Health

Covered California: 2016 Health plan rates will increase an average of 4 percent

Covered California Executive Director Peter Lee.
Covered California Executive Director Peter Lee.
Maya Sugarman/KPCC

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State officials announced Monday that the cost of health insurance premiums offered through Covered California, the state's insurance marketplace, will climb an average of 4 percent in 2016.

That's slightly lower than last year's average increase and it means the majority of the 1.3 million Californians who purchased plans through Covered California will have lower premiums or an increase of less than 5 percent if they keep their current plan, the agency said.

"This is half of what rate increases have been" before the Affordable Care Act, said Peter Lee, executive director of Covered California. "We now have three years of history showing that bringing focus on consumers and negotiating with health plans can lower premiums."

Last year's average premium increase was 4.2 percent, according to Covered California. It noted that the average 2016 increase for Southern California will be 1.8 percent.

The actual rate an individual consumer will pay will vary, depending upon the age of the enrollee; the type of plan a person buys; the region in which it's purchased and whether the consumer qualifies for subsidies.

"Headlines are great for summaries about what's going on around the state," said Dena Mendelsohn, staff attorney with Consumers Union. "But each consumer is only going to pay the premium that applies to them individually." 

And that varies greatly within California’s 19 insurance pricing regions. For instance within the two regions that cover the County of  Los Angeles , the percentage change in premium costs from this year to next ranges from a 13 percent drop in one Anthem plan to a 23 percent hike in one of Blue Shield's plans. 

In Orange County, the shift in premium prices spanned a 10 percent decrease in one plan offered by Anthem to a 17 percent jump in one of Blue Shield's policies. Similar rate variables were found in Riverside and San Bernardino Counties as well, with Molina Healthcare showing a 7 percent drop in one plan and Blue Shield registering a 16 percent spike in another.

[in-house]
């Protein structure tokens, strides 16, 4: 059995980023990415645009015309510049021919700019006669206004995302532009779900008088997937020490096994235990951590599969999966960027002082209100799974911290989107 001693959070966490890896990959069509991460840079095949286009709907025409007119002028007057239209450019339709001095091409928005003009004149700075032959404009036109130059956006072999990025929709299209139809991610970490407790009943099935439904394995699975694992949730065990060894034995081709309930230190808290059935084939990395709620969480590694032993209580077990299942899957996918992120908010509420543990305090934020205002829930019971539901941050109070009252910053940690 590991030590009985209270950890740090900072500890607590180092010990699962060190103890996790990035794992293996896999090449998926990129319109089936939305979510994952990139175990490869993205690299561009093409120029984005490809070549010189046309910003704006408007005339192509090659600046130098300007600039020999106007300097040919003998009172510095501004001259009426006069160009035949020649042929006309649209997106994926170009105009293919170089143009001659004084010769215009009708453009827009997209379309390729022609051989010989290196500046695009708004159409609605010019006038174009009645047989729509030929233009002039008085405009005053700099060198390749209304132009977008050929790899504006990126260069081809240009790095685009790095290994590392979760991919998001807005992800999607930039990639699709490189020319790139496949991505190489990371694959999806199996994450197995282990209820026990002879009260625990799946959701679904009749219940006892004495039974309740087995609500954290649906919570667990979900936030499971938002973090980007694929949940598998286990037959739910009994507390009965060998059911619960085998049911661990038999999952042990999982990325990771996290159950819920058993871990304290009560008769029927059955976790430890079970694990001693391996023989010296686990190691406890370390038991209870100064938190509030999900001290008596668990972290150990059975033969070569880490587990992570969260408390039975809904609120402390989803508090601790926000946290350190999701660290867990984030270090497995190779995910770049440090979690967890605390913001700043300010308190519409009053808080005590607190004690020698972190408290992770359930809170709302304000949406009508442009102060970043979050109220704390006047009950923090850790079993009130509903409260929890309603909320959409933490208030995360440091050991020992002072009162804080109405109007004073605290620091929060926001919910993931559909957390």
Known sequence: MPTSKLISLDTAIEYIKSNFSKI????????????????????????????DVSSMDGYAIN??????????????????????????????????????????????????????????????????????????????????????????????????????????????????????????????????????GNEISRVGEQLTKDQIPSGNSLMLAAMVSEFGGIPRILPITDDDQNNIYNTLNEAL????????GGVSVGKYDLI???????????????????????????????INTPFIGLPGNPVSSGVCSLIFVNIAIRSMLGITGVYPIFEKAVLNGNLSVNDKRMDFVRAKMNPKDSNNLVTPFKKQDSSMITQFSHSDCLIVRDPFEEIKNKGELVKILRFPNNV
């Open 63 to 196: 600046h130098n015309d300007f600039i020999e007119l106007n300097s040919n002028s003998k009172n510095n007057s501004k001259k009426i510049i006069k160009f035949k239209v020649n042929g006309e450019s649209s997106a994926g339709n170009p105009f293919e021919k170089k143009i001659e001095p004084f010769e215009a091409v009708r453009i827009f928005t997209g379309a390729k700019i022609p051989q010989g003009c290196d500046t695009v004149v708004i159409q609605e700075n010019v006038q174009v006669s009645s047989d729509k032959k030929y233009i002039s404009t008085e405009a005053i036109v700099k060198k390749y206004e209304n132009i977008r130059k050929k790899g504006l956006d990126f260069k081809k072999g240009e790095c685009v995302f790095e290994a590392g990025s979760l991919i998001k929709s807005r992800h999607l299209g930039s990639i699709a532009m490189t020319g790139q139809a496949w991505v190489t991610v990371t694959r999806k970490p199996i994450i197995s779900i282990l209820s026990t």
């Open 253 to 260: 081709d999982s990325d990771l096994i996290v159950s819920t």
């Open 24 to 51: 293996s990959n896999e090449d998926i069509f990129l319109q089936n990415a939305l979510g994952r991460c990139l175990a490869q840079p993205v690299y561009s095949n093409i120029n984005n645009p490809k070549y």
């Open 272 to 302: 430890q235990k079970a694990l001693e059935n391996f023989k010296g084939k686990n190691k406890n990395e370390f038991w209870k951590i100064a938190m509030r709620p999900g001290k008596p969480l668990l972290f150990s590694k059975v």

Consumers buying these plans will see the same increases or decreases regardless of whether they purchase through Covered California. Any insurer offering plans through Covered California must offer the same prices when it sells those same policies outside of the state marketplace. To qualify for federal subsidies provided through the Affordable Care Act, consumers must buy their plans through Covered California. Nearly 90 percent of those who bought polices through the exchange qualify for subsidies. 

"Californians are now able to shop around, because they are not locked in to one plan or locked out of any because of pre-existing conditions—and if they shop they can save even more," said Beth Cappel, health policy advocate for Health Access California, in a statement prepared by the organization.

Several factors kept the average statewide rate increase low, including a data analysis that showed "our mix of young and ethnically diverse enrollees are among the healthiest in the country," said Covered California. "Health plans responded by lowering their rates."

Overall, the lower rates will save consumers "more than $200 million in premiums," said Lee.

Among the more notable changes enrollees will see in 2016: price caps on specialty drugs that will range from $150 a month for high-end platinum plans to $500 dollars a month for lower-priced bronze plans. 

Covered California has allowed two more insurers to sell policies through the marketplace: UnitedHealthcare Benefits Plan of California and Oscar Health Plan of California. UnitedHealthcare, the largest health carrier in the U.S., will not offer plans in Southern California. Oscar Health will be available in Orange County and part of L.A. County, according to Covered California, which noted that Oscar will include UCLA in its provider network.

Here are the 12 firms that will sell 2016 individual and family plans through Covered California:

Consumers will be able to review the various policies through Covered California's website beginning the week of Aug. 3, the agency said, adding that the "Shop and Compare Tool" will show the different plans and products available in 19 regions statewide, and provide "a preliminary estimate of costs and premium assistance."

There is a 60-day public comment for the new rates, during which time the California Department of Managed Health Care and the California Department of Insurance will review them. Consumers Union encourages consumers to submit their comments to the regulators, said Mendelsohn. 

The next open enrollment period - when consumers can renew their plans or switch plans - begins on Nov. 1, 2015 and ends on January 31, 2016.  

This story was updated to remove the reference to the Department of Managed Health Care and California Department of Insurance not being able to reject the new rates. These agencies are able to reject rates in certain circumstances.